The summers while I was growing up in Virginia were brutal.
We didn’t live close enough to the beach to get relief from the constant breeze, and we didn’t live close enough to the mountains to get relief from lower humidity.
We were stuck in the middle, and the middle was hot.
That is, until the fire department in our small town decided to open the fire hydrant in front of my house.
Woodlawn Avenue quickly became a river filled with shirtless kids attempting to swim it.
Taking turns at the inundation of water, some would try to block the flow as it came out, causing a rainbow of spray.
Some would simply lay in the gutters and let the cool water wash over them.
And some, in a vain attempt to curb their thirst, would try to drink from the hydrant.
The gushing water would beat against their faces, entering their mouths, and inevitably the water bounced out. Very little water, if any, would reach the desired destination. It was just too much at one time.
Sunburned and tired, the kids would eventually give up and go home.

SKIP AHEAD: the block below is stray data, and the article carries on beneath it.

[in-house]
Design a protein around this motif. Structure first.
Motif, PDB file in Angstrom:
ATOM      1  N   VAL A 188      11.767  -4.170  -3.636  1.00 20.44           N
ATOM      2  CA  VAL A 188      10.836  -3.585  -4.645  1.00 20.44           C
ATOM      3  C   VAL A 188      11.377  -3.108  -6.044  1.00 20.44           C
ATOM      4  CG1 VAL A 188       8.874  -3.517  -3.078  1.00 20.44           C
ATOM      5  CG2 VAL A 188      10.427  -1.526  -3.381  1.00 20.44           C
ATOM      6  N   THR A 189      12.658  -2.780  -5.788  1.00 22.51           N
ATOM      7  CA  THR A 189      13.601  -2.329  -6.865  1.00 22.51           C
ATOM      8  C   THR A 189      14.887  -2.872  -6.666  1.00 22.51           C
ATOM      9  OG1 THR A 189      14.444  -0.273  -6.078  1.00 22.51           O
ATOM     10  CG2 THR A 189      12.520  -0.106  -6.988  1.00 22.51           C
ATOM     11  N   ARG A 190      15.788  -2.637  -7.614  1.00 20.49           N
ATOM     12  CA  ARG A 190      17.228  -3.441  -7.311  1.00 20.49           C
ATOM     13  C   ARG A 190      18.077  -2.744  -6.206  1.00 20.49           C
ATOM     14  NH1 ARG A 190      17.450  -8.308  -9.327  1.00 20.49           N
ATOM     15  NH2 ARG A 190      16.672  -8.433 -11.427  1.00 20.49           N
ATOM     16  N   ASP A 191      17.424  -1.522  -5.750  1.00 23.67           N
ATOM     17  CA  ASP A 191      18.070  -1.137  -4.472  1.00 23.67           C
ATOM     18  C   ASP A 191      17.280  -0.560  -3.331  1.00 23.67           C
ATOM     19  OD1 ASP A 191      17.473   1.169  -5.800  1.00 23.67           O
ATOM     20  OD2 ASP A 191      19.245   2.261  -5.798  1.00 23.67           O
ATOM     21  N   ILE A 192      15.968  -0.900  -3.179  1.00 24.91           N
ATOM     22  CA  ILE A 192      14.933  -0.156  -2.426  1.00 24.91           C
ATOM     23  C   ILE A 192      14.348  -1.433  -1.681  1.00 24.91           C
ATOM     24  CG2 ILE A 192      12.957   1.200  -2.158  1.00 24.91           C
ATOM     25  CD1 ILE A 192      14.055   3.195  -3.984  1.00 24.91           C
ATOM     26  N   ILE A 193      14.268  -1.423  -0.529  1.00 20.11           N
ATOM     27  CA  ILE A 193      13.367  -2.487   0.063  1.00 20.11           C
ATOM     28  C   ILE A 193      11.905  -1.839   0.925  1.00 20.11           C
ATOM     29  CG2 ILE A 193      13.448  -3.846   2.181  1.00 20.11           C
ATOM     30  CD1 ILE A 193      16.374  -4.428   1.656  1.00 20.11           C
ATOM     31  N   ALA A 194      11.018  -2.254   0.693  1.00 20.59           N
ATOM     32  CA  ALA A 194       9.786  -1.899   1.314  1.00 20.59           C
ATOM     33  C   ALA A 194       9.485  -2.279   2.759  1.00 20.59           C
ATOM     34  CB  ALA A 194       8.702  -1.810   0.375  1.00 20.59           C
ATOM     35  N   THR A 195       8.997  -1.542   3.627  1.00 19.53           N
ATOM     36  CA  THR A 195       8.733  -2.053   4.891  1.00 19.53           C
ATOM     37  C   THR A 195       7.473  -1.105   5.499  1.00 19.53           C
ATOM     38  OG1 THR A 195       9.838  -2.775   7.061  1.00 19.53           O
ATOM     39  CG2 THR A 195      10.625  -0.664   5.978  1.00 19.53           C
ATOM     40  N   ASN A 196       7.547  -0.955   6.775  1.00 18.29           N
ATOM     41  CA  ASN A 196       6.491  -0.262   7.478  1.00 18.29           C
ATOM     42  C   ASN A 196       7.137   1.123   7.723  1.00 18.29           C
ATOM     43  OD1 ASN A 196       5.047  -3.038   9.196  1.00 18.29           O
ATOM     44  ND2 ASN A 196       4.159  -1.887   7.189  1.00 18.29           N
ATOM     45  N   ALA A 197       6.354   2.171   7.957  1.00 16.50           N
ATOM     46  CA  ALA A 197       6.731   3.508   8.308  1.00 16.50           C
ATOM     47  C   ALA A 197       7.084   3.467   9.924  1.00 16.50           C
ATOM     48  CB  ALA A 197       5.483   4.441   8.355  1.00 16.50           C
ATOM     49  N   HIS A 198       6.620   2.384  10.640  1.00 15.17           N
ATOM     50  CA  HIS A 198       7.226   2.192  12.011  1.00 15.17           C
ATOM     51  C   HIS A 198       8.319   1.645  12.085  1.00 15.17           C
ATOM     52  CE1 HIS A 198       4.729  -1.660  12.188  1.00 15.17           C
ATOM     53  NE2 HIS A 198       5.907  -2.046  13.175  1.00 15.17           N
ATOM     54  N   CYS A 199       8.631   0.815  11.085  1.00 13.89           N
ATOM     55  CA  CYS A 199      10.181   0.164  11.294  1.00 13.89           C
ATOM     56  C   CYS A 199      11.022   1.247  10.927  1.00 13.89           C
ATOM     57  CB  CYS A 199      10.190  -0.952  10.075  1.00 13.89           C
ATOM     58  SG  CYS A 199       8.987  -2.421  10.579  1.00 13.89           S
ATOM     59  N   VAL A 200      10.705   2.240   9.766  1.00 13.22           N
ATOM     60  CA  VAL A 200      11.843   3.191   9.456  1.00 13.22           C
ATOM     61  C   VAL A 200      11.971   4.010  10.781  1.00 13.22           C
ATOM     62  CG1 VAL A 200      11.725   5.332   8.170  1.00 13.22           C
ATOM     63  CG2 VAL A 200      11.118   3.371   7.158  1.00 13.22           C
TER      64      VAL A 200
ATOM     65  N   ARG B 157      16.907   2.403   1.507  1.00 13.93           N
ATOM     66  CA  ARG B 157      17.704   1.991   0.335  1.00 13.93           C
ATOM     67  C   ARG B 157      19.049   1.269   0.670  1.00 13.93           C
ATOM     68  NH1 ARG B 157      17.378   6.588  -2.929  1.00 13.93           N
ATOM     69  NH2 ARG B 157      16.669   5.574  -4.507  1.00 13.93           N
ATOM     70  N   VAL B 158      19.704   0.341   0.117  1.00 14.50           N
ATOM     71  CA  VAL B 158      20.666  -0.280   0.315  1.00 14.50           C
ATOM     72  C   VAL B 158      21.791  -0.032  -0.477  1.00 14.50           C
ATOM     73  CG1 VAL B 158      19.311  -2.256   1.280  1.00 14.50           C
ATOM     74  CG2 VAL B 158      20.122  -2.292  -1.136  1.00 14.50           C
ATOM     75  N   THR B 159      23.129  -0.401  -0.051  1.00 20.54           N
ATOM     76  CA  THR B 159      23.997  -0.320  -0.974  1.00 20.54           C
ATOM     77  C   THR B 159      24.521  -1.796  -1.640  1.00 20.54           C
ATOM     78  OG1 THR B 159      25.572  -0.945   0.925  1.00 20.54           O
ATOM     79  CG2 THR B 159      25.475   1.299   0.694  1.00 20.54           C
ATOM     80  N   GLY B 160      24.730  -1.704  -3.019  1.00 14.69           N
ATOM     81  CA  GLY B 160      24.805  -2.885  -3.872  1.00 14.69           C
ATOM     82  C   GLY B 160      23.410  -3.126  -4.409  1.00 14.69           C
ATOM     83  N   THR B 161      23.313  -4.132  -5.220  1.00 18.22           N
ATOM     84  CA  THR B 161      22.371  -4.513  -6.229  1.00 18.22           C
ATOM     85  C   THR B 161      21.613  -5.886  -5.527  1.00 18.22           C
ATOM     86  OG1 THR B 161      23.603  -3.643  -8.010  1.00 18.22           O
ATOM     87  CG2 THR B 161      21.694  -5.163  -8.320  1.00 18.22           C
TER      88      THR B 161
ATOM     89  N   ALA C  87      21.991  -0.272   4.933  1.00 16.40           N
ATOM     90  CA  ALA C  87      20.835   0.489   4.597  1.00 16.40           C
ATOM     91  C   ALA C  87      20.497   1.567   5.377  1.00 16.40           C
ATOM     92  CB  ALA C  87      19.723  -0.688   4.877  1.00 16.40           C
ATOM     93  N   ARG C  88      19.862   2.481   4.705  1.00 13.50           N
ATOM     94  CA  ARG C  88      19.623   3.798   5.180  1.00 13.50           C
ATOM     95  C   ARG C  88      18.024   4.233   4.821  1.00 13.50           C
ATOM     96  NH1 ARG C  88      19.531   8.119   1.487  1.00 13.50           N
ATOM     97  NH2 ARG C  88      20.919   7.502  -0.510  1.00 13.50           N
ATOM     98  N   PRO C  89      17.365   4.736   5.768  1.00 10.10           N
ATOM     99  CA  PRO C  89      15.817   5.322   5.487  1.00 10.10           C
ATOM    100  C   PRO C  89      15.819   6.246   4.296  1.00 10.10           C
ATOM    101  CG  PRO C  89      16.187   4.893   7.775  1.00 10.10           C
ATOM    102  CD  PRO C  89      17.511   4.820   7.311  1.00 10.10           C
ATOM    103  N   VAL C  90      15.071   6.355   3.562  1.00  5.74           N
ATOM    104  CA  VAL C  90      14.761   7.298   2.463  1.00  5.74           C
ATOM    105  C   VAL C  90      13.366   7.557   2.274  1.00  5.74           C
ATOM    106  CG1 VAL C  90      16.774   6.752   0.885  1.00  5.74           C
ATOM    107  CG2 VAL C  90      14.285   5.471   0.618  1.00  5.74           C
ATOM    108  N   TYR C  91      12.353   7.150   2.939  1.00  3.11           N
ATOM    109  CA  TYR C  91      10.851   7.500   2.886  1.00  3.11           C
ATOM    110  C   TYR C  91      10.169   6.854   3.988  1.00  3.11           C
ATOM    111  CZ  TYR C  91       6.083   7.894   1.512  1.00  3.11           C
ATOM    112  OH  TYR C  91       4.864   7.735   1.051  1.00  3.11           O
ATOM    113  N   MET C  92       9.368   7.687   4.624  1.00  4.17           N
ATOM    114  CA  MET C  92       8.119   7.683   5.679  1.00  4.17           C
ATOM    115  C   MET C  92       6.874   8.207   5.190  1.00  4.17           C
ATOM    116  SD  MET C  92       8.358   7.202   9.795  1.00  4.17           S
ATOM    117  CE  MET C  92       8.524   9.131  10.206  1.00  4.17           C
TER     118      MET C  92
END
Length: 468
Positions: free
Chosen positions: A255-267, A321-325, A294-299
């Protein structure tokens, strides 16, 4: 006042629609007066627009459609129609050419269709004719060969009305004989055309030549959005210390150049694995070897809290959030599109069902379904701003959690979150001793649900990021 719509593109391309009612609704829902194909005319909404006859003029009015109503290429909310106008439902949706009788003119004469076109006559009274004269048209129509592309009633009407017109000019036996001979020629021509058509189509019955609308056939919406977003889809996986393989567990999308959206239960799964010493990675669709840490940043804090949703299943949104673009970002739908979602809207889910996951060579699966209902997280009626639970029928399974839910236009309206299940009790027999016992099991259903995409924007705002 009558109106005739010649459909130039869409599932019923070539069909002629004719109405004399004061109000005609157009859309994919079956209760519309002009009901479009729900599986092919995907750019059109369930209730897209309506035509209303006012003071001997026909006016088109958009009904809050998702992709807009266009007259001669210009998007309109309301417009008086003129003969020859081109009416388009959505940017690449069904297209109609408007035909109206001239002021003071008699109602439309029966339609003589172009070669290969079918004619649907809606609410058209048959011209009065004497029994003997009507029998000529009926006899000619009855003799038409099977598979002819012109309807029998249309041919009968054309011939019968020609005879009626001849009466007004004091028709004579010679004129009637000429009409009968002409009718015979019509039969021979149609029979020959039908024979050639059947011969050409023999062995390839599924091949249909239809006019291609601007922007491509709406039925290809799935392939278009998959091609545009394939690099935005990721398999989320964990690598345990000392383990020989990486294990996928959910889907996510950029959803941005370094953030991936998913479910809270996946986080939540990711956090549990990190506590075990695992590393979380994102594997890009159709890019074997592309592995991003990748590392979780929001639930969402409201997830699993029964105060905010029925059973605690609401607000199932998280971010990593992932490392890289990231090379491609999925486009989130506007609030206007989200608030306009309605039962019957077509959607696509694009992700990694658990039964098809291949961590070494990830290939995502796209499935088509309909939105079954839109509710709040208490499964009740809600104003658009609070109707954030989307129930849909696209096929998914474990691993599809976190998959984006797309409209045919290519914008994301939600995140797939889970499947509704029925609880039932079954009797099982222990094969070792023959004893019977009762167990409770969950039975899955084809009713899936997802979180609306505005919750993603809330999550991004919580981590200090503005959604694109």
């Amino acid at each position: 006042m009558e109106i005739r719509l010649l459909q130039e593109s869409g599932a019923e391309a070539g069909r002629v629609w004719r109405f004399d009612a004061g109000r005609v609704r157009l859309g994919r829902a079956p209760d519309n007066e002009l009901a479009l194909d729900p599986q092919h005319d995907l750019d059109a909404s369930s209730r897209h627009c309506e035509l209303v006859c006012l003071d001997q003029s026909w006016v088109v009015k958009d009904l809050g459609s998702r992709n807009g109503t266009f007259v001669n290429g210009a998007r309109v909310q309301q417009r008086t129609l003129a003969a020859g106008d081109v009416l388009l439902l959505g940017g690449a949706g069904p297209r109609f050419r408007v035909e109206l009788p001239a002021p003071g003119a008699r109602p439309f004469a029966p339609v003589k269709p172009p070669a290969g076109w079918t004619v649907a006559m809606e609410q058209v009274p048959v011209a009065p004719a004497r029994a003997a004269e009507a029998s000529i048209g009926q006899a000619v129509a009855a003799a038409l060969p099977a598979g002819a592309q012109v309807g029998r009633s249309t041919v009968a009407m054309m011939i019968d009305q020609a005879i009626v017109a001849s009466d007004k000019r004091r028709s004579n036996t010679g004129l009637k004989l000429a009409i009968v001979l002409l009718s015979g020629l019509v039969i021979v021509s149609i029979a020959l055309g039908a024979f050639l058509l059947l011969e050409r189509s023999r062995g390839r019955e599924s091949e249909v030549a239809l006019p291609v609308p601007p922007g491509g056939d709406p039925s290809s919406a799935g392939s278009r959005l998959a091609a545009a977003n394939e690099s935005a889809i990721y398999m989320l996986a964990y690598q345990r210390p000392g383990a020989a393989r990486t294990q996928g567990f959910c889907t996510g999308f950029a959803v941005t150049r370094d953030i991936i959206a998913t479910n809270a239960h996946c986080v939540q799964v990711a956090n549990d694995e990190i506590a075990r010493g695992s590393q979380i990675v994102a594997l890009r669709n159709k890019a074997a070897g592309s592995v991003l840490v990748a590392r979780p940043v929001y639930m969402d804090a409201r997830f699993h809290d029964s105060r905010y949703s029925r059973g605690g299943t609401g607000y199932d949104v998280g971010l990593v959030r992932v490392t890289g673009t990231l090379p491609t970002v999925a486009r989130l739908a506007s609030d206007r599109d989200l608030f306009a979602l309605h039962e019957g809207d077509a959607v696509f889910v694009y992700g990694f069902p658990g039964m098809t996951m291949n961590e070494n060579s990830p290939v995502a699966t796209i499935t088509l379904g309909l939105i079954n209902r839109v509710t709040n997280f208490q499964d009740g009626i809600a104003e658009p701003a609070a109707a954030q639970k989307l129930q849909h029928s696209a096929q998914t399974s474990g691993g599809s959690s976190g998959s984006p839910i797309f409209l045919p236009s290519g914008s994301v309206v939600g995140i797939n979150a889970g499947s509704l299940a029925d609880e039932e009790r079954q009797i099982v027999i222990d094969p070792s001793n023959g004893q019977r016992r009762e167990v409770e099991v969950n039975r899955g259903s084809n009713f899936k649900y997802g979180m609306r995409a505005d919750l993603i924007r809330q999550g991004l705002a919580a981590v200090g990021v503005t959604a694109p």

I wonder if this is how people through the ages have felt about the Bible — especially the Old Testament and the countless rules found therein.
There is just so much of it. To read it can be overwhelming. To live it impossible.
Spending time in books such as Leviticus and Deuteronomy can feel like we’re drinking from a fire hydrant. We want our spiritual thirst satisfied, but it’s just not doing it.
I wonder if in part this is why God came to us.
In his infinite wisdom, he knew the laws were too much. He knew we wouldn’t be able to keep them. He knew we would be overwhelmed.
And as Galatians 4:4 says, “… when the fullness of time had come, God sent forth his son.”
At just the precise time in history, Jesus came. Knowing the rules and laws in the Old Testament were given not to save but to point out our need for a savior, Jesus came: “Immanuel” — God with us.
Jesus brings peace, joy and hope. Not in a superficial Bob Hope Christmas-special sort of a way, but rather in an intrinsic depth of our soul sort of way.
When God comes, our spiritual thirst is quenched.
When God comes, our attempts to get close to him aren’t in vain.
And when God comes, we can’t help but to rush toward him like weary hot kids in July toward a draining fire hydrant.
Except now we can drink deeply.
And now we go home satisfied to the soul.
Because God is with us.
Dr. J. Phillip Hamm is the senior pastor at First Baptist Church of Palmetto. Reach the church at 941-722-7795 or visit fbcpalmetto.com.